As far as online anonymity goes, VPNs hide activity data from your ISP by encrypting your service requests and tunnelling them into its private network.

This means your ISP will only see that you are connected to a VPN – and the size of data moving back-and-forth – but it won’t see what websites or services you are accessing within that network.

And because government website blocking is done at the ISP level, VPNs may also act as a way of circumventing restrictions on unlawful piracy or online gambling websites.

VPN companies tend to be headquartered in countries with minimal government oversight in order to avoid regulatory hurdles like mandatory data retention regimes.

Unfortunately, this means taking these companies’ claims about privacy and security on face value, which brings its own set of problems.

Just last year, security researchers at Comparitech discovered an exposed database from UFO VPN.

Despite the company claiming it did not track or log its customers’ internet activity, the database revealed UFO VPN was storing account passwords in plain text and keeping records of users’ IP addresses along with the VPN servers they were connected to.

Typically you also want to avoid any free VPN services as they are likely just designed to harvest and sell web data.

For example Onavo Protect – a now-defunct ‘privacy-focused’ VPN app owned by Facebook – told users it would “protect and encrypt” their user data but instead shuffled that information straight to Facebook for analysis.


VPN brands are working hard to establish consumer trust in the growing market in order to stay ahead of opportunistic companies.

NordVPN started contracting independent auditors Pricewaterhouse Coopers (PwC) to double-check its no-log claims – a process fellow VPN heavyweight Express VPN copied by having PwC conduct an audit of its systems, too.

ProtonVPN – from the same company that operates end-to-end encrypted email service Proton Mail – tries to differentiate itself by being open source and allowing security researchers to check under the hood for nefarious features.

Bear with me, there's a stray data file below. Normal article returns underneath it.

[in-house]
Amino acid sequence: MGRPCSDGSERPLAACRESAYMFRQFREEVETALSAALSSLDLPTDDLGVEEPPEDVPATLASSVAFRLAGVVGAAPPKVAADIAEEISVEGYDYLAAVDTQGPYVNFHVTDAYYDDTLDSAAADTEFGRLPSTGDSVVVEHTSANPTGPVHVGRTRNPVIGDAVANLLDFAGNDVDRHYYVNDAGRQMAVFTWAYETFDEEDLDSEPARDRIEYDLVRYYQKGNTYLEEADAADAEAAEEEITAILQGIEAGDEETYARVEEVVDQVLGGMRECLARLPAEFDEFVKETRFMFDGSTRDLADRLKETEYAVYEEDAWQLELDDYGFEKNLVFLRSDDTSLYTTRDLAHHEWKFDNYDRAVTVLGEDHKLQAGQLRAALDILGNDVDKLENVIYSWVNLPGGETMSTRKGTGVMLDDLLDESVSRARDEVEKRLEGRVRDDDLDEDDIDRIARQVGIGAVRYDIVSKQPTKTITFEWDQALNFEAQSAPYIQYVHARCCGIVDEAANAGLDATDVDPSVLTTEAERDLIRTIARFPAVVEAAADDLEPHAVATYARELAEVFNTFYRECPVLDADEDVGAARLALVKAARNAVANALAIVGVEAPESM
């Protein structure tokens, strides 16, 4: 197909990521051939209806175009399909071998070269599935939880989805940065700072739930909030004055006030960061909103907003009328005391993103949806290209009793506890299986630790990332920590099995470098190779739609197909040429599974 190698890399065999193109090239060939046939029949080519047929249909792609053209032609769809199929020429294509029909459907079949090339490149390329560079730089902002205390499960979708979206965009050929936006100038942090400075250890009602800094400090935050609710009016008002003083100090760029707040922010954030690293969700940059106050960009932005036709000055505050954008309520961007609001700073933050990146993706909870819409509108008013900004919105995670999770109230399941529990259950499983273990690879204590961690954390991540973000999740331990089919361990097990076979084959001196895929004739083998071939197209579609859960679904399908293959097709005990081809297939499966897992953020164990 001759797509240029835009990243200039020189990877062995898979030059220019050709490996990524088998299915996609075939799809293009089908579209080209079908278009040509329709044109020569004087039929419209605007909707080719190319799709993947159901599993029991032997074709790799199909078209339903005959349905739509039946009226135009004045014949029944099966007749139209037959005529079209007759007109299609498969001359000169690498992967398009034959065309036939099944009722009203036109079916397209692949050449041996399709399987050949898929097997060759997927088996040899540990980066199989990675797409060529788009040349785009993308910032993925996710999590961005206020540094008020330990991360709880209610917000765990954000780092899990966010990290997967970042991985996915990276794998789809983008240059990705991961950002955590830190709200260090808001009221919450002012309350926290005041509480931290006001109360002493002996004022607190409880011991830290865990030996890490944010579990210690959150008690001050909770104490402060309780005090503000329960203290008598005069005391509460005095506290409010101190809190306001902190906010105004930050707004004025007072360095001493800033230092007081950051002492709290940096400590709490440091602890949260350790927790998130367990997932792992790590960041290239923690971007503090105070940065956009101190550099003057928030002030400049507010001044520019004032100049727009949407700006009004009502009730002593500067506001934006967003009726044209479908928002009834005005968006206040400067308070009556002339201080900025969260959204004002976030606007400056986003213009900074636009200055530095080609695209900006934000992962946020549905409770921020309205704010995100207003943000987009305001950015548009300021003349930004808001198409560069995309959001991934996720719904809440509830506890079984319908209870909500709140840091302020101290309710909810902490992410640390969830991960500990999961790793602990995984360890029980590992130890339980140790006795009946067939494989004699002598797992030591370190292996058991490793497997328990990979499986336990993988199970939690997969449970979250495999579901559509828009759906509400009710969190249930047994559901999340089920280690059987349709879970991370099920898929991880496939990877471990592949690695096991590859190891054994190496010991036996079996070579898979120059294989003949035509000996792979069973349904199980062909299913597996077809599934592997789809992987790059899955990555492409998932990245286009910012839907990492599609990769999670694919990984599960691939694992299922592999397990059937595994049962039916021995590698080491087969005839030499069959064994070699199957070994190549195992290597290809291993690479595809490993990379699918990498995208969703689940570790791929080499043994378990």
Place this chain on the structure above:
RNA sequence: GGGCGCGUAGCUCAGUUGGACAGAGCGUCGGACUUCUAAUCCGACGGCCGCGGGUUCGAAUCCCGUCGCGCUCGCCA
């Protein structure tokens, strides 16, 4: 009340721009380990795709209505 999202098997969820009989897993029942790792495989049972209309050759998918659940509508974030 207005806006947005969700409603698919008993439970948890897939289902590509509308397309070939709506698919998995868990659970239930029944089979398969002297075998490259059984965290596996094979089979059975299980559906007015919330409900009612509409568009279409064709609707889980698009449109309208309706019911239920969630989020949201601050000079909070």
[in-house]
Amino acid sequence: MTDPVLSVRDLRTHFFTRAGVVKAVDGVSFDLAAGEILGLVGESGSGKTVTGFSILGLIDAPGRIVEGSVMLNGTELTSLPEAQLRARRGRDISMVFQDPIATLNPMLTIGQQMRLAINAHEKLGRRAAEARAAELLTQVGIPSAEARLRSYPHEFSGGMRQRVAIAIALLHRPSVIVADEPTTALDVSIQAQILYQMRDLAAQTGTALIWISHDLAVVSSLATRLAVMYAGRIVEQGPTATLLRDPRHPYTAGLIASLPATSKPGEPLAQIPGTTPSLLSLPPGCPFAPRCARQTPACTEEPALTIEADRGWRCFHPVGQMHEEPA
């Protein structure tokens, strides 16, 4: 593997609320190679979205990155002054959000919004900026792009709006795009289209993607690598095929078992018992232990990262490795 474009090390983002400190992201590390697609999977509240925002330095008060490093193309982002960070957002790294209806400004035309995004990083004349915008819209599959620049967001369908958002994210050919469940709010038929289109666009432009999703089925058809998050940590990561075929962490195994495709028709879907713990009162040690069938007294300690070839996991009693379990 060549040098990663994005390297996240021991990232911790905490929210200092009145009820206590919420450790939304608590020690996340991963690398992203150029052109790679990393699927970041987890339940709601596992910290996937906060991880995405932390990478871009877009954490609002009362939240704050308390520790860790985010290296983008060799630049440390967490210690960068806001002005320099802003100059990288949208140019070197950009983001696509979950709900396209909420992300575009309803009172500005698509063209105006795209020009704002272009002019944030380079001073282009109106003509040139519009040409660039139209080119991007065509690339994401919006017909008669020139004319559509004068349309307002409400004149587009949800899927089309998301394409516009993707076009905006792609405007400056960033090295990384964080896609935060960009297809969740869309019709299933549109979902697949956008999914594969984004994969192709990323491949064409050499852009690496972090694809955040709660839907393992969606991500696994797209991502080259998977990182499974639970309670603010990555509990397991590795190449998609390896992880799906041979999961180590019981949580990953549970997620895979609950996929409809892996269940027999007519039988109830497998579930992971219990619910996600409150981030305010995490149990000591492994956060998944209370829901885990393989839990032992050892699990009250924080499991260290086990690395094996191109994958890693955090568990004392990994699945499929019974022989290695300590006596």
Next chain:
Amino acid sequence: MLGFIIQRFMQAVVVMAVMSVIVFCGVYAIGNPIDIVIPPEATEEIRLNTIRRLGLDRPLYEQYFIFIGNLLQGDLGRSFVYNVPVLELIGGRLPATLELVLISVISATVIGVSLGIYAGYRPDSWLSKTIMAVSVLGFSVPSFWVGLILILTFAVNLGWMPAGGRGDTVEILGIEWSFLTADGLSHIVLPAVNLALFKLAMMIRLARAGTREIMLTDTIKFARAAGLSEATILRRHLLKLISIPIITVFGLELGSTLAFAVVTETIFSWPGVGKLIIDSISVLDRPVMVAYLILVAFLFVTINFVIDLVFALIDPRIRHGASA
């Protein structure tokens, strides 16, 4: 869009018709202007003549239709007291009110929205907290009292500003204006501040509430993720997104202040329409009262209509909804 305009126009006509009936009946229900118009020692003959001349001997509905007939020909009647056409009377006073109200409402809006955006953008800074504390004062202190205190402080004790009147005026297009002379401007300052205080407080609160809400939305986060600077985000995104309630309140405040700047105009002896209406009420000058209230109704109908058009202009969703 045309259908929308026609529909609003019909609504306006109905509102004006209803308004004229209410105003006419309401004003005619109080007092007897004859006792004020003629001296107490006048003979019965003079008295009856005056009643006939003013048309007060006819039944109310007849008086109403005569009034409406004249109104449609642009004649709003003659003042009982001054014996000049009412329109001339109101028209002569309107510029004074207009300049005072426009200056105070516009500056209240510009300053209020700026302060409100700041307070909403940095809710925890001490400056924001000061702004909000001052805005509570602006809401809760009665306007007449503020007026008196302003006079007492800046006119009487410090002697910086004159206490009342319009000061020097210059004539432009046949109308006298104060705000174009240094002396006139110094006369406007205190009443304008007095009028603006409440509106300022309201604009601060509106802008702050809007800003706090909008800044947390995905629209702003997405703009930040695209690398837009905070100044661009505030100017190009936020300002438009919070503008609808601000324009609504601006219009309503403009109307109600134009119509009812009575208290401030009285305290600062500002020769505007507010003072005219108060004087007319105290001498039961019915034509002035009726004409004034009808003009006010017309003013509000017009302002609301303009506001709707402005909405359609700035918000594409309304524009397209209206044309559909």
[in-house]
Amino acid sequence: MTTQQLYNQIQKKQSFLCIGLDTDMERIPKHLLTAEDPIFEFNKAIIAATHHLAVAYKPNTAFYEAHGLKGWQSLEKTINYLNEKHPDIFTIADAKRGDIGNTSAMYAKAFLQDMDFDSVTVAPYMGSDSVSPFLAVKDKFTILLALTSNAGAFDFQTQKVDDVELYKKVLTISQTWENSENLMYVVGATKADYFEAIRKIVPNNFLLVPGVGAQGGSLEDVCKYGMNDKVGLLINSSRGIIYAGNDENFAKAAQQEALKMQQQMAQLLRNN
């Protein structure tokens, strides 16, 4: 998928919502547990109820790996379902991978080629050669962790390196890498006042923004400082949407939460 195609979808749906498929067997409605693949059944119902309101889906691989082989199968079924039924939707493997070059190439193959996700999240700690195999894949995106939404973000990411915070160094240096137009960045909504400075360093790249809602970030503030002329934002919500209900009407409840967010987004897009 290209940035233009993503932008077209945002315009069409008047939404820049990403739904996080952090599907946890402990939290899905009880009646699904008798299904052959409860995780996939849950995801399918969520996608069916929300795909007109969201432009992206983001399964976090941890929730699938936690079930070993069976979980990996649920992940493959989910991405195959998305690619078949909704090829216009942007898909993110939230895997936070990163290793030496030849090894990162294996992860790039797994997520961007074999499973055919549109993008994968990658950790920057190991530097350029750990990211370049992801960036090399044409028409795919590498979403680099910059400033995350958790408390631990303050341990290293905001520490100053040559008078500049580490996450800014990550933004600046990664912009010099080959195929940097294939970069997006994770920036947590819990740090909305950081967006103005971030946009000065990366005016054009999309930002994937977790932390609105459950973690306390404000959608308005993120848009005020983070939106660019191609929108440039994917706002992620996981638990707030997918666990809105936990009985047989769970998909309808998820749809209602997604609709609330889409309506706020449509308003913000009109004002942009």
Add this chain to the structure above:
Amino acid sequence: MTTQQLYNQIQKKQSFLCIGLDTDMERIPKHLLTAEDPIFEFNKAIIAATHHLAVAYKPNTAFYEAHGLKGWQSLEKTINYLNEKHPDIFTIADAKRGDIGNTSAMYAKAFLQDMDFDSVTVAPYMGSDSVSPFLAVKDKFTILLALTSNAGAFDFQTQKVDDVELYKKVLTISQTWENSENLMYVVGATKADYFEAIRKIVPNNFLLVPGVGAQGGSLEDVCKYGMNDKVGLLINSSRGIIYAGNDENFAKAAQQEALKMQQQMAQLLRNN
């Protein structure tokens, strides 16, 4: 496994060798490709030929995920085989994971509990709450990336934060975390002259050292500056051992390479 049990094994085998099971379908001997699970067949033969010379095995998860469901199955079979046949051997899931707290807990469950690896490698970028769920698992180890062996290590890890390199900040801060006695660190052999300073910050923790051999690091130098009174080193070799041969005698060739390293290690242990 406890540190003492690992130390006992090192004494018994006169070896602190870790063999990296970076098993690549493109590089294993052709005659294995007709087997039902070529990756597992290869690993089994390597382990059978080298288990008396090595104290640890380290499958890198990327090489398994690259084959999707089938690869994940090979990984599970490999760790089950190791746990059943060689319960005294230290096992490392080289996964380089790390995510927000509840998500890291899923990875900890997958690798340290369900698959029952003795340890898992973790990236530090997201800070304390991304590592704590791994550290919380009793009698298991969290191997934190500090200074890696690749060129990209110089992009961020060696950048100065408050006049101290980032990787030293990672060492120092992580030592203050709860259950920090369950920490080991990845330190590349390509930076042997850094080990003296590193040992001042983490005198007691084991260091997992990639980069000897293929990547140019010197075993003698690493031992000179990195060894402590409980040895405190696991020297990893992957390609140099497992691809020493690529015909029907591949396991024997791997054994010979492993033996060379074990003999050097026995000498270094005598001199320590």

And non-profit Mozilla also has its own product, Mozilla VPN but it’s not yet available in Australia.

There’s no shortage of lists naming the ‘best’ ‘top’ or ‘most secure’ VPNs around the internet, many of which feature NordVPN and ExpressVPN up the top.

But before signing up to the next VPN service being sold to you on a podcast or YouTube video, beware that not all VPNs are created equal.

A decent VPN service will cost you around $10 a month and can be a bit cheaper if you pay annually.

The onion router

If you are interested in anonymous web browsing and don’t want to shop around for a VPN, you could always try using the free anonymity network Tor.

Like a VPN, Tor hides the details of your internet activity from your ISP – but it will still likely know you are connecting to Tor.

Tor uses onion routing which sees your server requests covered in many layers (hence ‘onion’) of encryption.

It is then passed through a relay of networked volunteer computers, each of which peels off a layer of the encrypted request until the last layer of encryption is removed and your request gets fulfilled.

It is then wrapped back up in multiple encryption layers and passed down the relay to your machine.

All these relays will naturally slow down your internet connection.

Tor keeps you anonymous by design because no single point in the relay sees both the sender and receiver which is in stark contrast to ISPs and VPNs, each of which needs to see both sender and receiver in order to deliver the message.

Because of its in-built anonymity features, Tor has long been used for illicit online activity and is host to hidden ‘onion’ services which can only be reached through Tor and make up part of the infamous ‘dark web’.

The underlying Tor software is maintained by the non-profit Tor Project which is funded largely through US government grants, and the most common way to access Tor is by using the Tor Browser.

Do keep in mind, though, that when it comes to remaining anonymous online, how you access the internet is just as important as what you access on the internet.

In Part III: Social media and other sandboxes.